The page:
July 31, 2014 by Pastor Ben McIntire
In honor of the 34th birthday of The-Boy-Who-Lived, Harry Potter, lots of Potterheads are celebrating with lists of quotes, favorite moments or scenes, and discussion about the seven book series that captured the imaginations of millions. It also made Joanne Rowling millions of dollars, and we should wish her a happy birthday as well; she is 49 today. I too am fascinated by the Wizarding World of Harry Potter & Co. Therefore, I am adding my list to the online community in celebration of Harry Potter and the story of love’s victory over evil. Here’s a Top Ten list of religious symbols that can be found within the Harry Potter stories for Harry and J.K. Rowling’s birthdays.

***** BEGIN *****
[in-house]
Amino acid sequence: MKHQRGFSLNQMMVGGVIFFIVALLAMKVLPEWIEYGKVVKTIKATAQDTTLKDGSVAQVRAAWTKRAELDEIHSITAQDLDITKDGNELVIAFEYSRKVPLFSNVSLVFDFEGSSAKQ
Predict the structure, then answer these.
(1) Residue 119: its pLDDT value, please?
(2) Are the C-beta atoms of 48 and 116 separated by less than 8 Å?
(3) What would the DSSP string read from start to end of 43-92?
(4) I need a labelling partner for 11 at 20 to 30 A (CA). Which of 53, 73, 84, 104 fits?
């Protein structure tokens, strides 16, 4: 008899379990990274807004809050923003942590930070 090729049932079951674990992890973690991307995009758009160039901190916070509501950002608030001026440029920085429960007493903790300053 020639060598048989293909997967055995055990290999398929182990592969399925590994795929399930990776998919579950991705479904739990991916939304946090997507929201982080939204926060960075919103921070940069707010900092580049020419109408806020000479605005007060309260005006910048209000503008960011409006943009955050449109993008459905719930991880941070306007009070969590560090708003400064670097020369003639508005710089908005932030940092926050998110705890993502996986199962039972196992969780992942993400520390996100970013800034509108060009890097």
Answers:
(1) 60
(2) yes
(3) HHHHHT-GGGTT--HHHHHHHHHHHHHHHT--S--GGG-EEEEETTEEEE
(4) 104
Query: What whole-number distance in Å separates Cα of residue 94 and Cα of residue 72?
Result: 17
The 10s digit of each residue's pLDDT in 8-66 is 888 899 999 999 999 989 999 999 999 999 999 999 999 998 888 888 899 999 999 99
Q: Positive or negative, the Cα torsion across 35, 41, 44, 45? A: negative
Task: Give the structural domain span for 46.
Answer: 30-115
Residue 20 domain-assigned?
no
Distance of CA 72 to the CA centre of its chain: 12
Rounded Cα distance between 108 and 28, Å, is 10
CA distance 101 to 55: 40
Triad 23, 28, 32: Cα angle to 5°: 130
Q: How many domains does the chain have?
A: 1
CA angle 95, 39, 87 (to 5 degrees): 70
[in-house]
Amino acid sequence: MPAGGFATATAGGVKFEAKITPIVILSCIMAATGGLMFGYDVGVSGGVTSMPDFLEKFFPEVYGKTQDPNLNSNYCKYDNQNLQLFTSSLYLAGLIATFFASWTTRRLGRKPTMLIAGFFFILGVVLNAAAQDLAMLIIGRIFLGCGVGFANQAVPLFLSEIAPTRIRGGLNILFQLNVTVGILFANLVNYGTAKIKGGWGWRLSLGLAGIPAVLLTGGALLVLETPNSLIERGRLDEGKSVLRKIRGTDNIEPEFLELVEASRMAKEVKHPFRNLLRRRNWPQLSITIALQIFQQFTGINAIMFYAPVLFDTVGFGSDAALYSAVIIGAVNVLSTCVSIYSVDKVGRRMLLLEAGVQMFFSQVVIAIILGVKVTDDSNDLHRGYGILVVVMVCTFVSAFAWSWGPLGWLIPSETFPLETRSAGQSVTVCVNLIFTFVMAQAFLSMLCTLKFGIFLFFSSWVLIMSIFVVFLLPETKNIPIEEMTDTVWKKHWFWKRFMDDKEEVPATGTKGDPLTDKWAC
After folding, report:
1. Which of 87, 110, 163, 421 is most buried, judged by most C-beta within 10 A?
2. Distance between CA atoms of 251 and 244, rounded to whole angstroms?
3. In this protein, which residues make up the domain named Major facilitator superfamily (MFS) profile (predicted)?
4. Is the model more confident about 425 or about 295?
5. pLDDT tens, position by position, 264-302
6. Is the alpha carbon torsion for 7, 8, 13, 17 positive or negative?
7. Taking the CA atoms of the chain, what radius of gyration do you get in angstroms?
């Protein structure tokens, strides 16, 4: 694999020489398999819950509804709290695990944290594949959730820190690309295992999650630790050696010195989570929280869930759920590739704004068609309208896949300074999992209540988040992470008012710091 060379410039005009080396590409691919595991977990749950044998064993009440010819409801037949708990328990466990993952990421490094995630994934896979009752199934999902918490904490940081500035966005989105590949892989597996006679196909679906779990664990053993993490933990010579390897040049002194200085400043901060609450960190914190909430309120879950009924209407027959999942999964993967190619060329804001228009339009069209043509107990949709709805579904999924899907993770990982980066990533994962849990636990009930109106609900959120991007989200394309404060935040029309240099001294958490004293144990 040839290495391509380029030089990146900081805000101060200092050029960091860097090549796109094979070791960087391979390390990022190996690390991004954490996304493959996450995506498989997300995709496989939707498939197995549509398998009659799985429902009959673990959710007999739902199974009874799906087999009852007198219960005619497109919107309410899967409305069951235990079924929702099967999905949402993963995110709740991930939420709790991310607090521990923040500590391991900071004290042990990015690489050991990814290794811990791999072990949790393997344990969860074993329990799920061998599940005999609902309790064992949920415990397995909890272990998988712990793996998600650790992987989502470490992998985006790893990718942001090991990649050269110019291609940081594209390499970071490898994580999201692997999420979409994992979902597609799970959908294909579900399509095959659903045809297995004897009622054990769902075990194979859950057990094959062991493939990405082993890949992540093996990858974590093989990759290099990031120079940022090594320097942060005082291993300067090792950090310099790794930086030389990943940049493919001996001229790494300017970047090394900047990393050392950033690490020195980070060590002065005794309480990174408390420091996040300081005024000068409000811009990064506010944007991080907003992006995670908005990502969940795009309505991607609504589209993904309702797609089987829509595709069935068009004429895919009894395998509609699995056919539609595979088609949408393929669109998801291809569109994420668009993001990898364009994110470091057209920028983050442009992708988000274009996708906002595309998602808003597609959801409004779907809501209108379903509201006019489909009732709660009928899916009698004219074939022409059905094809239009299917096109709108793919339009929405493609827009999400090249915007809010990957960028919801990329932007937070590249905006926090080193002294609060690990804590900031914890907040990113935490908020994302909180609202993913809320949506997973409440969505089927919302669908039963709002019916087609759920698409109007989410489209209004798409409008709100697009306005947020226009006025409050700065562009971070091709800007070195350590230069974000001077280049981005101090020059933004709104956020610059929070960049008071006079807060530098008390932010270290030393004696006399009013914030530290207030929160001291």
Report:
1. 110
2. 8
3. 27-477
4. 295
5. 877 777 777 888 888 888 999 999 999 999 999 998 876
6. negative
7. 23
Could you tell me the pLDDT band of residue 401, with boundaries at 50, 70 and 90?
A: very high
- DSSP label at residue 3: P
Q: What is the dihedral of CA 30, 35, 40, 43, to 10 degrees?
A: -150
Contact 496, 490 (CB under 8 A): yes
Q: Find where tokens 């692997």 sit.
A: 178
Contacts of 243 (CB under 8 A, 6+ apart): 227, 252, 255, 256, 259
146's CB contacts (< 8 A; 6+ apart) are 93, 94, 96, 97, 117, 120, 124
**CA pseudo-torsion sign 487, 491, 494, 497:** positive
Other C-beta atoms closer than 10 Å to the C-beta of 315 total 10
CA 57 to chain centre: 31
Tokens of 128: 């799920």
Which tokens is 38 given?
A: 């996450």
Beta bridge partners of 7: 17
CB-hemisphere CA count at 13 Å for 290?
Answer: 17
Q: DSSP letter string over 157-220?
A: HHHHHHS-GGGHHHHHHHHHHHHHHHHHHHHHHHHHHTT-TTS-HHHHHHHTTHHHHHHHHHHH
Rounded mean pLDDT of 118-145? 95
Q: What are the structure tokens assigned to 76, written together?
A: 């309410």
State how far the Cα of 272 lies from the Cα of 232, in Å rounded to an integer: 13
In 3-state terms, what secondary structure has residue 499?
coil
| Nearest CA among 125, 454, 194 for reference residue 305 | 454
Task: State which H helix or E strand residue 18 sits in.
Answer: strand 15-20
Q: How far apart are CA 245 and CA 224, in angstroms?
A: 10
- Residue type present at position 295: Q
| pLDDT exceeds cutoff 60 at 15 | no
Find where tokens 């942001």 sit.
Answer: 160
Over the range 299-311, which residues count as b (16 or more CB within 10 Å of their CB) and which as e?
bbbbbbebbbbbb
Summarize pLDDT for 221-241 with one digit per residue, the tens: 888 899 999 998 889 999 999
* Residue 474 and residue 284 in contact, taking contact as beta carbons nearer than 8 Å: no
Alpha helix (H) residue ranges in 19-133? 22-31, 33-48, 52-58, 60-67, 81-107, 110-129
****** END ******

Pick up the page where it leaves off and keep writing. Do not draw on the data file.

10) Let’s start with the embodiment of evil, He-Who-Must-Not-Be-Named. First of all, Lord Voldemort is the snake-like hybrid wizard who practices Dark Magic to control and dominate others in an attempt to play God and cheat death. His pet is a serpent, he speaks the language of snakes, and he comes from Slytherin House in Hogwarts. Anyone remember the 3rd chapter of Genesis? “Now the serpent was more crafty than any of the wild animals the Lord God had made…” This symbol of evil, and later of the Devil, is an easy one to spot.
9) But what about Voldemort’s real identity? In The Chamber of Secrets, we discover that the Dark Lord was once a student at Hogwarts. He reveals his true name to Harry in a word scramble where “I AM LORD VOLDEMORT” rearranges to reveal the name “TOM MARVOLO RIDDLE.” Tom was a brilliant student, but a bad egg. And his symbolic surname “Riddle” is quite appropriate for the Prince of Lies.